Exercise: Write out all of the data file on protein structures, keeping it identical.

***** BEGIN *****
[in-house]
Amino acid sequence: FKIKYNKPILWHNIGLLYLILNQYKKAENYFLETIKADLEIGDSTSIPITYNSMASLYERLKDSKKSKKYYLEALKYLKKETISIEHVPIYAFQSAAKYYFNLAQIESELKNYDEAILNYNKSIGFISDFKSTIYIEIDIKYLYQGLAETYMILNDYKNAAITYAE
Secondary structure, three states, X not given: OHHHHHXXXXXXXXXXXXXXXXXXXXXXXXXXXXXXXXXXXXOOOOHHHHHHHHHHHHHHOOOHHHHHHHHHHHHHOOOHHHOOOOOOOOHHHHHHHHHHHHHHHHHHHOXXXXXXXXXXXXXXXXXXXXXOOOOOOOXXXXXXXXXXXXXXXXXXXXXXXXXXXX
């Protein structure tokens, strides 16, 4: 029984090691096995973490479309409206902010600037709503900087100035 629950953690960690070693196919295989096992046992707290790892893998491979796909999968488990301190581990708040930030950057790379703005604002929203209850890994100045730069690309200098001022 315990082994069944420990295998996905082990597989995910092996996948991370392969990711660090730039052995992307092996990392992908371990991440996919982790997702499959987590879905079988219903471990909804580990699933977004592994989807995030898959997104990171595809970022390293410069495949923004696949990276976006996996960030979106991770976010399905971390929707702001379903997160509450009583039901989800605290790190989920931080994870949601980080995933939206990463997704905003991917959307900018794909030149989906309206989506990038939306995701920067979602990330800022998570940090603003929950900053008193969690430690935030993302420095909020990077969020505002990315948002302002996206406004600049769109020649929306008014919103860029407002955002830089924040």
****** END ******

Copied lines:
[in-house]
Amino acid sequence: FKIKYNKPILWHNIGLLYLILNQYKKAENYFLETIKADLEIGDSTSIPITYNSMASLYERLKDSKKSKKYYLEALKYLKKETISIEHVPIYAFQSAAKYYFNLAQIESELKNYDEAILNYNKSIGFISDFKSTIYIEIDIKYLYQGLAETYMILNDYKNAAITYAE
Secondary structure, three states, X not given: OHHHHHXXXXXXXXXXXXXXXXXXXXXXXXXXXXXXXXXXXXOOOOHHHHHHHHHHHHHHOOOHHHHHHHHHHHHHOOOHHHOOOOOOOOHHHHHHHHHHHHHHHHHHHOXXXXXXXXXXXXXXXXXXXXXOOOOOOOXXXXXXXXXXXXXXXXXXXXXXXXXXXX
């Protein structure tokens, strides 16, 4: 029984090691096995973490479309409206902010600037709503900087100035 629950953690960690070693196919295989096992046992707290790892893998491979796909999968488990301190581990708040930030950057790379703005604002929203209850890994100045730069690309200098001022 315990082994069944420990295998996905082990597989995910092996996948991370392969990711660090730039052995992307092996990392992908371990991440996919982790997702499959987590879905079988219903471990909804580990699933977004592994989807995030898959997104990171595809970022390293410069495949923004696949990276976006996996960030979106991770976010399905971390929707702001379903997160509450009583039901989800605290790190989920931080994870949601980080995933939206990463997704905003991917959307900018794909030149989906309206989506990038939306995701920067979602990330800022998570940090603003929950900053008193969690430690935030993302420095909020990077969020505002990315948002302002996206406004600049769109020649929306008014919103860029407002955002830089924040």